Criminal justice reform has been a recurring theme in the Arizona Legislature the last few years. Unfortunately, reform is very slow in coming compared to other states. Reporters Paulina Pineda and Katie Campbell wrote an article for Arizona Capitol Times entitled “Arizona Resistant to Change in “tough-on-crime” Sentencing Laws” that was published on March 23, 2018 detailing why reform is slow. The article can be found at the following link: https://azcapitoltimes.com/news/2018/03/23/arizona-doug-ducey-bill-montgomery-david-stringer-will-gaona-caroline-isaacs-kurt-altman-resistance-to-criminal-justice-reform/ Maricopa County Attorney Bill Montgomery wants tougher sentencing laws while Will Gaona, policy director of the ACLU of Arizona, the American Friends Service Committee, and Families Against Mandatory Minimums want to change Arizona’s rigid sentencing laws and end mandatory minimum sentences, especially for drug offenses. Montgomery has like-minded allies in the Arizona legislature who seem to have a lingering “tough-on-crime” mentality. Montgomery believes that Arizona is already ahead of other states. According to the authors: “Montgomery called other ideas being pushed by the smart-on-crime crowd “pet projects” that are “based on myths and rhetoric.” “Most of the folks who call criminal justice reform ‘reform’ – all they’re really out to do is arbitrarily adjust sentencing statutes or adjust truth-in-sentencing with no data to support it,” he said.” . . . But Montgomery scoffed at their ideas of “so-called reform,” arguing that they’re trying to overlay other states’ solutions on Arizona. He said the reality is other states either face different problems or are simply implementing measures Arizona embraced years ago, such as diverting first-time drug offenders to treatment instead of prison. “And because we weren’t part of the so-called reform wave, we don’t get credit for what we did,” Montgomery said. He said the first step in the public policy conversation must be to define the problem and determine what resources are needed to solve it. “For so many, and this is what has been a frustration of mine, they don’t understand the problem,” he said. “We need to come to a common understanding of the criminal environment we actually have, the types of crimes we have to deal with, and then what makes for the most effective policy. … What do we want to define as success for the criminal justice system in Arizona?” For Montgomery, success would mean reducing recidivism, a goal he shares with Gov. Doug Ducey.” Gaona stated that the recent finding in the Arizona Prosecuting Attorneys’ Advisory Council’s updated Prisoners in Arizona report that 84% of state prisoners are repeat offenders “demonstrates the failure of our criminal justice system” and “Obviously, this is not an effective intervention, and we’re just going to try it again for longer period of time for something that has already been demonstrated not to work.” Governor Doug Ducey has been largely silent about reforming the sentencing laws. He wants to reduce recidivism as explained by his spokesman: “Ducey spokesman Daniel Scarpinato said the governor approaches the issue from a public safety perspective. The governor’s priority, he said, has been to provide people who have already served their time … Continue reading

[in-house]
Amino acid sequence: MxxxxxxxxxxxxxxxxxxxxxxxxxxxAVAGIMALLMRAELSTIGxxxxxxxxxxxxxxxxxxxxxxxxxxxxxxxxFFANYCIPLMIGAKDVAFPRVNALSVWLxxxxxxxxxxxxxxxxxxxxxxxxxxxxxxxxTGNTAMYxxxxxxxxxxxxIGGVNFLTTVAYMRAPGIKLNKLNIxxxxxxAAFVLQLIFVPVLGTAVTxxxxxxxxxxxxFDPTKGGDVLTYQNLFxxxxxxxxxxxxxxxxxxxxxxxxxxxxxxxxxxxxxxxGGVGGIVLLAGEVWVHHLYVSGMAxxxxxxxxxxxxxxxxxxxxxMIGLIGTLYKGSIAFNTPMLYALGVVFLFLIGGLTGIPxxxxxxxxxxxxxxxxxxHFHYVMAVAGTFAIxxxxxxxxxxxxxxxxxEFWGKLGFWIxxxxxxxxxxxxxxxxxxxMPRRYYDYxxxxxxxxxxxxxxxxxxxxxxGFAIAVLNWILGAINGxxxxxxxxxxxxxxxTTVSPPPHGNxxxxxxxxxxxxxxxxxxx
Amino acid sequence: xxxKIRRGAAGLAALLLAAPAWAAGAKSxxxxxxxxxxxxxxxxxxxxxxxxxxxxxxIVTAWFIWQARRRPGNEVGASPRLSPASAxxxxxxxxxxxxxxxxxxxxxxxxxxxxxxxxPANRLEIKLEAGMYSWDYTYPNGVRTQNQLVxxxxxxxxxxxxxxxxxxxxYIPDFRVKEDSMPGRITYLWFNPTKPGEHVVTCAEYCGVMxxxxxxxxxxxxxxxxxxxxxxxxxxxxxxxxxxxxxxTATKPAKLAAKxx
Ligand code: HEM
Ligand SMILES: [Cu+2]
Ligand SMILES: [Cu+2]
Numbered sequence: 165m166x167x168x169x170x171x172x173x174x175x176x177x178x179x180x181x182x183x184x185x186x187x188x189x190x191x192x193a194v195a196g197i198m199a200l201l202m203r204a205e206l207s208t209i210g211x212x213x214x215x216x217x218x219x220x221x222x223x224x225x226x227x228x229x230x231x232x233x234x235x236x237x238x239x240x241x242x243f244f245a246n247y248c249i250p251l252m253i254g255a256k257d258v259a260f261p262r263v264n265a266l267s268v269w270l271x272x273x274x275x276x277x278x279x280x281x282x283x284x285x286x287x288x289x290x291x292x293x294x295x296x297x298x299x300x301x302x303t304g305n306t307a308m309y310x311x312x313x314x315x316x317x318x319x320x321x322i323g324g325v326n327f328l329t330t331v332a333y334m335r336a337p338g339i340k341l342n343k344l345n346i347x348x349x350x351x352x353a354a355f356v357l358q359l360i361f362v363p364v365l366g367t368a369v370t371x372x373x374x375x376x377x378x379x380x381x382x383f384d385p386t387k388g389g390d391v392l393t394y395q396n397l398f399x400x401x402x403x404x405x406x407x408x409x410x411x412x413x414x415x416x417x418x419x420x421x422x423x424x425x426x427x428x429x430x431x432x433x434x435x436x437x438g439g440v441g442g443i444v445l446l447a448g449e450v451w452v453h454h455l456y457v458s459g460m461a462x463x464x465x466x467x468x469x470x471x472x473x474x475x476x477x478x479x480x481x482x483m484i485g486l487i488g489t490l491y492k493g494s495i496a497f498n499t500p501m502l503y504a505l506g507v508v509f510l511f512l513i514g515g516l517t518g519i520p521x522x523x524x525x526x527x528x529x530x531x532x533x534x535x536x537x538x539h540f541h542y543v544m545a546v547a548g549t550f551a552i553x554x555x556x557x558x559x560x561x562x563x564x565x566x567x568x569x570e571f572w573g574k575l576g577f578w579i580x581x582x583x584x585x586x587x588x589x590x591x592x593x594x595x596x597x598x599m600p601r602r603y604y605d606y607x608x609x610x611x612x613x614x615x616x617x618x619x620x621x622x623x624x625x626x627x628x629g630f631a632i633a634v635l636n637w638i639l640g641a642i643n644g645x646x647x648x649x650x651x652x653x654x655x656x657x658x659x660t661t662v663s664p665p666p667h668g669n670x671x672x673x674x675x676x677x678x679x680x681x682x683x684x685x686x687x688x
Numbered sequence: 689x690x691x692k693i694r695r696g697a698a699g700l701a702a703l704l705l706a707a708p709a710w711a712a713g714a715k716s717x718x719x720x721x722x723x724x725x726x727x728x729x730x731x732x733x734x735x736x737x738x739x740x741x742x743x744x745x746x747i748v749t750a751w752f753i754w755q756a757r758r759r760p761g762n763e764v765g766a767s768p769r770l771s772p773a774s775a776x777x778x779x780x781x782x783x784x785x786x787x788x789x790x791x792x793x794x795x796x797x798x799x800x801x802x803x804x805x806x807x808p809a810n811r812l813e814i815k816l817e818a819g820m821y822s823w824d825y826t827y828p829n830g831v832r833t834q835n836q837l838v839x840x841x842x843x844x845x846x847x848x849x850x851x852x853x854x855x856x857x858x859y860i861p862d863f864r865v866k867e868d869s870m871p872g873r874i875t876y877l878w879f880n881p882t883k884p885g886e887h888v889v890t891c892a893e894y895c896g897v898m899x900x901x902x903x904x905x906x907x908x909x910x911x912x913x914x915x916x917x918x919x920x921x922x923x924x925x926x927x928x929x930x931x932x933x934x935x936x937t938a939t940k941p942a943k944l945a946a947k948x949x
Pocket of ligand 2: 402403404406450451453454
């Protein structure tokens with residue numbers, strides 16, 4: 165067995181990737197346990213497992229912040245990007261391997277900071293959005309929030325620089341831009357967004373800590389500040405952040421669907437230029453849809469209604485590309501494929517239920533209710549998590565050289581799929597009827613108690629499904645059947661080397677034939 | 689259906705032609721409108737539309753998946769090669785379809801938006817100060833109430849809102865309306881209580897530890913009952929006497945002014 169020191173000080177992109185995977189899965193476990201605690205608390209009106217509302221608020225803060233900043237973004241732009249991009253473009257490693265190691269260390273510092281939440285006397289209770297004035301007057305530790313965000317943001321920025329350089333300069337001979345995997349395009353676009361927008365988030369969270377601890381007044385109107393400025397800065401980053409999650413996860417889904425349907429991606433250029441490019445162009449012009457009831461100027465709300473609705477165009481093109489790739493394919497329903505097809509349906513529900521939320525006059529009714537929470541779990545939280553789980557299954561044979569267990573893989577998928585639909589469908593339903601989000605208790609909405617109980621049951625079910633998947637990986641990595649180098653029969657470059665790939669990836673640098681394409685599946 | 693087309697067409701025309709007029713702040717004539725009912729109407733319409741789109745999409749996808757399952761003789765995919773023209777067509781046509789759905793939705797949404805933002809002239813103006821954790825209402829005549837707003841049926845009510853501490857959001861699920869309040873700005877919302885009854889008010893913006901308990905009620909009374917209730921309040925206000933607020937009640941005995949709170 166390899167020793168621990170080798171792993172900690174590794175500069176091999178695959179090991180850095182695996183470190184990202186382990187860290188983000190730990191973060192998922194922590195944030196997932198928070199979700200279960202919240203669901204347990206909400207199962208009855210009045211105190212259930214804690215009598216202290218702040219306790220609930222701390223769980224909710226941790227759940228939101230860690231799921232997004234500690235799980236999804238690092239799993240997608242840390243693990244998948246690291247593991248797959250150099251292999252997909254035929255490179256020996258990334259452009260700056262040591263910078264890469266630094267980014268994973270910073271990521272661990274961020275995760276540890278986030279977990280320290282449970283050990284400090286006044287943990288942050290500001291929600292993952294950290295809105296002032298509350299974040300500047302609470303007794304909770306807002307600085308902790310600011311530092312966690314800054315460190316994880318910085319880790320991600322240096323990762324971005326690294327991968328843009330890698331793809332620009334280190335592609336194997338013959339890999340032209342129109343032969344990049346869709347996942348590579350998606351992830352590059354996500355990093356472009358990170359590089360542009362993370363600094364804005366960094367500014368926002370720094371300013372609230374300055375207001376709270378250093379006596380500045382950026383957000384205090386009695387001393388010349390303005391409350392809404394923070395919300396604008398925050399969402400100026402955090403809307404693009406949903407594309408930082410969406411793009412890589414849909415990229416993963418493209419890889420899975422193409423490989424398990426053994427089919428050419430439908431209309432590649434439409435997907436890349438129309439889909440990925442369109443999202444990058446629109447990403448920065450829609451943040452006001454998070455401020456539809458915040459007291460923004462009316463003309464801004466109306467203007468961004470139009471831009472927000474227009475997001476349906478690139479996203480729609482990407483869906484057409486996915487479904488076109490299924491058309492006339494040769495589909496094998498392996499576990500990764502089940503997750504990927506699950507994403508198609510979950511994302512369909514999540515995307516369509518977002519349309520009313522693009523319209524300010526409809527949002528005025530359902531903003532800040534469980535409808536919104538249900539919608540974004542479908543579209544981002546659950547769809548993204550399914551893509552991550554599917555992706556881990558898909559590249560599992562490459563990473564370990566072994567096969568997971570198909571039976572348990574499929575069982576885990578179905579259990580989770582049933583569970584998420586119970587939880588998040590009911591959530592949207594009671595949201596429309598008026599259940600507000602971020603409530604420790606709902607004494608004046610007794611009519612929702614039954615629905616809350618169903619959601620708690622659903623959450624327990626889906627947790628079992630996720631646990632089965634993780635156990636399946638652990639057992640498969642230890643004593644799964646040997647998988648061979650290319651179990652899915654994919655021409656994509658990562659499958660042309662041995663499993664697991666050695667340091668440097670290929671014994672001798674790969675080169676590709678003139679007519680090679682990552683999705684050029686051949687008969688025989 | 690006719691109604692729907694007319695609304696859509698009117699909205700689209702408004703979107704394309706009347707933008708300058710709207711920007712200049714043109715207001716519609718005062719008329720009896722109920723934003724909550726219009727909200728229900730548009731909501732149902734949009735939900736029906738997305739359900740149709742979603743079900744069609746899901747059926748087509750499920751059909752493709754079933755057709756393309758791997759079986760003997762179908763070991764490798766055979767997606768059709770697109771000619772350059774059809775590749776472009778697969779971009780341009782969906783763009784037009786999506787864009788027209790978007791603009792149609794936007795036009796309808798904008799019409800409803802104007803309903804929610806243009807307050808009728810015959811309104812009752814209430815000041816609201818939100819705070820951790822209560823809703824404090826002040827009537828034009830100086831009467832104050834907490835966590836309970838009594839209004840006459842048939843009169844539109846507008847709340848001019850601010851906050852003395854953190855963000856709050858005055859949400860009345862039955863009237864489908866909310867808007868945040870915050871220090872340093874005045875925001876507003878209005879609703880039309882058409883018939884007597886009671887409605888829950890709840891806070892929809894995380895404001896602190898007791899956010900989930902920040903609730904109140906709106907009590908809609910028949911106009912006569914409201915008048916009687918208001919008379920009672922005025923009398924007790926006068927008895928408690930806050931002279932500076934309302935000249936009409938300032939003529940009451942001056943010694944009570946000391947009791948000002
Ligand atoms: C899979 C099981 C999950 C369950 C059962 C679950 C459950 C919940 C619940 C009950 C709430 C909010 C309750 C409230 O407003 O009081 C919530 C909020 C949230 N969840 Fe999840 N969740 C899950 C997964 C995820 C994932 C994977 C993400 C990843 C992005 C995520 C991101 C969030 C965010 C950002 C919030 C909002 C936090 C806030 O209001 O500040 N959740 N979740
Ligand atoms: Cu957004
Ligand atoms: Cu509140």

You are a battered wife. Once again, your husband is punching and physically harming you. Your friend, who lives next door, contacted the police who arrived just in time to stop the beating. They then charge your spouse with domestic violence. You find yourself in a chaotic situation. Surely, you don’t want your husband to abuse you, but neither do you want him to get entangled in legal imbroglio. A lot of women in your same situation, sadly, feel the responsibility to protect their abuser: their own husband. Suddenly, they want the charges against their husband dropped. The question is, can a victim of domestic violence drop the charges? NO, the victim cannot drop the charges. Why a Domestic Violence Victim Cannot Drop the Charges Once a domestic violence charge has been issued by the office of the state prosecutor or the police, there is no way that the victim can drop the charges. This is because domestic violence is categorized as a crime. Many people misunderstand the process behind the filing of criminal charges. The state governs and issues criminal charges and not the victim. If you are a victim of domestic violence, you have no authority to drop the charges, which you did not issue, in the first place. It is up to the state, specifically the Prosecutor’s Office, to decide whether or not to proceed with the case. However, as the victim, you have a significant role in the proceedings. The Role of the Victim in a Domestic Violence Case As the victim, the court may require you to testify against the accused, in case there is a trial. You may also be brought in to air your opinion. Some states allow the victim to refuse to testify in court, although the refusal may come with penalties. When coming up with a decision to release the accused, the judge may invite you, as the victim, to express your opinion on whether or not you agree with the decision to release, and why. The victim’s role is not limited to being passive, however. It is not confined to just testifying or giving your opinions in court. Although you cannot file a criminal case, you have the right to file a civil case. This way, you can claim compensation for the personal injuries you sustained, psychological injuries, lost wages, as well as cost of living. You likewise have protection options. You can request for a restraining order against the accused. A restraining order can help guaranty your safety. For one, there are restraining orders that will require the subject to surrender his guns while the restraining order is in effect. Depending on the state, you may be allowed to have an early release from your current lease. This option can prove to be helpful if you fear that your spouse may harm you again after being released. This will allow you to find a new place to live in, separate from your spouse. Recanting a Victim’s … Continue reading